Every so often, a lake catches fire in the heart of the sprawling metropolis of Bengaluru (also known as Bangalore). Bellandur Lake is a large central body of water, and part of a network of smaller lakes and streams that carry rainwater, sewage, and pollution, flowing together to create a combustible, foamy mess.
Not far away – less than 2 km as the pelican flies – another once-polluted lake in Bengaluru has become home again to fish, birds, and other wildlife. Through an effort spearheaded by local residents and professionals who volunteered their time, together with government agencies, Kaikondrahalli Lake now contains cleaner water where once it was covered in grasses and rubbish.
The self-motivated citizens’ approach to restoring Kaikondrahalli Lake has addressed many problems at once, including ecological and societal issues. And the group’s self-organised success has inspired others to restore lakes in the chain upstream and in other parts of the lake network across the city – and possibly even provided inspiration to restore the lake that catches fire.
The power to make change
Kaikondrahalli and Bellandur Lakes are part of a larger historical network of lakes in Bengaluru, where chains of lakes create three watersheds across the city’s landscape. Today when people once again can go to Kaikondrahalli Lake to walk, meet, or water their animals, they follow in the footsteps of villagers who lived in the region centuries ago. Those villagers built the lakes to do some of the same things long before the agricultural region became a bustling, urban IT centre.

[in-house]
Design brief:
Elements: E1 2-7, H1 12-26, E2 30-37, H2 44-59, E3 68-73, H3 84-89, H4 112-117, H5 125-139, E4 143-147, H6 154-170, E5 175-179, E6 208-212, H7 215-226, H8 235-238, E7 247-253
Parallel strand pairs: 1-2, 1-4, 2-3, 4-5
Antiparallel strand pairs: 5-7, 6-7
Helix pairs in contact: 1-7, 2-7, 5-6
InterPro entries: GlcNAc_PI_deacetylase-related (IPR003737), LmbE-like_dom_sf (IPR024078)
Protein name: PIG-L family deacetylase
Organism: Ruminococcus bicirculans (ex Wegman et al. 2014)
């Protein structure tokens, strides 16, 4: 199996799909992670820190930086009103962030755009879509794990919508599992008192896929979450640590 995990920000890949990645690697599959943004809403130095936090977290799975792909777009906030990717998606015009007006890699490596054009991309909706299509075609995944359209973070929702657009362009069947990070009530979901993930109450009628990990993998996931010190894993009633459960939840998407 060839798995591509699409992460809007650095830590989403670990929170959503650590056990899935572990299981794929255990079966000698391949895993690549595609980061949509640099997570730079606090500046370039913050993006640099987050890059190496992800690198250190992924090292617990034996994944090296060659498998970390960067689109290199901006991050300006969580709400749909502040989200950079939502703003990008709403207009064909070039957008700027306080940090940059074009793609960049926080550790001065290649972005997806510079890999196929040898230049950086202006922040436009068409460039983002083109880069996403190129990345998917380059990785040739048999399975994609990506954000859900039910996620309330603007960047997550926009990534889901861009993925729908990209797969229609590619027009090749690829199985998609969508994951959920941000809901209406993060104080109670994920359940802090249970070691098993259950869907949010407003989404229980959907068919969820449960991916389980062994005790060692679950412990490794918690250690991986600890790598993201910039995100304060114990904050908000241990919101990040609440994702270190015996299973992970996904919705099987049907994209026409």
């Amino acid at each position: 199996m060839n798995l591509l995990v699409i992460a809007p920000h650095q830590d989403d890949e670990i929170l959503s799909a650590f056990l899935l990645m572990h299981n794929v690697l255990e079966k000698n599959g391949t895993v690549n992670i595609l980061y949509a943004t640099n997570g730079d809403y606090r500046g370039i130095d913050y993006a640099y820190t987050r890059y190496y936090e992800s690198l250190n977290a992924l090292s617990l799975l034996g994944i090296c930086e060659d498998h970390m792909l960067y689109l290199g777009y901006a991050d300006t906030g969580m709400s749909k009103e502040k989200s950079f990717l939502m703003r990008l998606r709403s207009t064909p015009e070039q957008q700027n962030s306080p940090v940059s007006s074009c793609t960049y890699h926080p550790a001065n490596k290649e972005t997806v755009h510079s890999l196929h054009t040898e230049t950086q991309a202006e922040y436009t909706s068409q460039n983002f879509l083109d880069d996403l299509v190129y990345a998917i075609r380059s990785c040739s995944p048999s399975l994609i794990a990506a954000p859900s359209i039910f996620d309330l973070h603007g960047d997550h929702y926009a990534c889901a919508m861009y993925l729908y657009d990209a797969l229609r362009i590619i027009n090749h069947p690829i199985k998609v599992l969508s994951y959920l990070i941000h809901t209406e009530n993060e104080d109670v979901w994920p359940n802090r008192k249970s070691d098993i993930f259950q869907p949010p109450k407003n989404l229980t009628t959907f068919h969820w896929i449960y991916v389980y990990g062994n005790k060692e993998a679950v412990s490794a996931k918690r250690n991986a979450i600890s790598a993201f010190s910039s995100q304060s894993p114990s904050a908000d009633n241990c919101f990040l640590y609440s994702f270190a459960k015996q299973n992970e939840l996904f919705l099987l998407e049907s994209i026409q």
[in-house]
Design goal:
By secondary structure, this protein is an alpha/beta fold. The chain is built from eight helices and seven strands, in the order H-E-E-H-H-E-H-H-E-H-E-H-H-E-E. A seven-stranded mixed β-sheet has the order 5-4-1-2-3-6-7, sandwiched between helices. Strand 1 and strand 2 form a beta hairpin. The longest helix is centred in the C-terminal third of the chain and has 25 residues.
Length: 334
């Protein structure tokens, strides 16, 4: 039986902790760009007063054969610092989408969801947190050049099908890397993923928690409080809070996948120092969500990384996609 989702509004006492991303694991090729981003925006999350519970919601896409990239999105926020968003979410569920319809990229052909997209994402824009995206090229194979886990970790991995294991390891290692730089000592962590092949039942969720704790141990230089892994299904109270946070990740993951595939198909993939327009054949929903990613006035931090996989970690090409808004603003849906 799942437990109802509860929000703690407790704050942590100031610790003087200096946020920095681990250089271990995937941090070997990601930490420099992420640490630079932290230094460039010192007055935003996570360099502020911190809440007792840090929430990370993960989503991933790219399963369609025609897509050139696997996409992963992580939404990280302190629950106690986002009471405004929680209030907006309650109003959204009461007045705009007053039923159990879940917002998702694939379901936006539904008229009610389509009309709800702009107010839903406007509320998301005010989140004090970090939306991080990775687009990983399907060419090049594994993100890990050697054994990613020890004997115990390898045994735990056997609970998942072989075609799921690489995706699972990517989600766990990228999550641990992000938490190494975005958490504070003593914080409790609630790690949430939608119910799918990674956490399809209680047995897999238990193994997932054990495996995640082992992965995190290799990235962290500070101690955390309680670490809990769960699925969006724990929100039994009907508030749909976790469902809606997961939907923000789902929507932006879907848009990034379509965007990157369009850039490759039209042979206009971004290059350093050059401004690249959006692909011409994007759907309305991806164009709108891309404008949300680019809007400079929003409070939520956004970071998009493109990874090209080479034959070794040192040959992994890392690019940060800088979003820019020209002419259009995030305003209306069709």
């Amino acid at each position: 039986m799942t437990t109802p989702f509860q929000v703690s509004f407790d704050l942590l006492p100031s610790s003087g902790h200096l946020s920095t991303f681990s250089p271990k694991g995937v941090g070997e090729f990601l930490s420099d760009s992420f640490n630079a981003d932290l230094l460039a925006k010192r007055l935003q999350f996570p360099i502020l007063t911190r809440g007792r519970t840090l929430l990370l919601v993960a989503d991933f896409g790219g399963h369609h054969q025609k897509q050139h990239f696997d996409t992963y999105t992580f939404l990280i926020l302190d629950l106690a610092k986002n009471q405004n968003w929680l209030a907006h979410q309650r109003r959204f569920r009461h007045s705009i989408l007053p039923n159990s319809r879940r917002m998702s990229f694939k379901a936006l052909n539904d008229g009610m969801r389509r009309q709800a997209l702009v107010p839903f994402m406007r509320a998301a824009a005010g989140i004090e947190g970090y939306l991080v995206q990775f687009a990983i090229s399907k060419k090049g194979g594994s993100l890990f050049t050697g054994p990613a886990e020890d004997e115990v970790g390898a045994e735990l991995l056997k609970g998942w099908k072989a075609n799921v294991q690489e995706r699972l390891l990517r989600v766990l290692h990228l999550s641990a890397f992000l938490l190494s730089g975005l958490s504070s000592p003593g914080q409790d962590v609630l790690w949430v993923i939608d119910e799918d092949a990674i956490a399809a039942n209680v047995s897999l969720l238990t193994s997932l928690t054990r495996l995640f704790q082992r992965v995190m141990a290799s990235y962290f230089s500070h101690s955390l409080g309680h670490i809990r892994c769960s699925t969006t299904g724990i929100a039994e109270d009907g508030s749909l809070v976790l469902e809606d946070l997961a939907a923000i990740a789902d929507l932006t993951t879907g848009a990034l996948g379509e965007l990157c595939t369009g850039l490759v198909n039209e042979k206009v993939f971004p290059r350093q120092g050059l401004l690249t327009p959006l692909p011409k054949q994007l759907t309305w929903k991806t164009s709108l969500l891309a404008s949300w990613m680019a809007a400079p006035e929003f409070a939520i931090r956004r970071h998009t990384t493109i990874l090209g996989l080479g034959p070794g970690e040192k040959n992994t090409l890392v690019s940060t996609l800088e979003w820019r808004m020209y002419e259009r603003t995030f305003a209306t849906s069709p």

The lakes have not aged well in many respects. Because most were human-made, taking advantage of landscape topography to construct dams and store water from the rainy monsoon season, they required maintenance. Without it, these marshy areas beckoned to modern-day developers, who turned them into bus stations, shopping malls, and apartment complexes. Or, left undeveloped, lake beds collected rubbish and sewage from increasingly polluted streams, and the storm-water channels connecting them were filled with construction material and became overgrown with weeds.
Lakes that held water during the rainy season also ended up hosting green blankets of algal blooms, as nutrient levels from sewage inflows and surface run-off in the city skyrocketed. Water quality deteriorated, and local residents say that birds, frogs, snakes, and other animals disappeared.
As Bengaluru grew, the city harnessed lakes and rivers for drinking water, the bulk of which comes from 100 km away. Today the growing city relies on river water, but it is far from enough, according to the city water and sewage board. In a constant search for water, city dwellers and developers have been sinking innumerable wells into the groundwater below.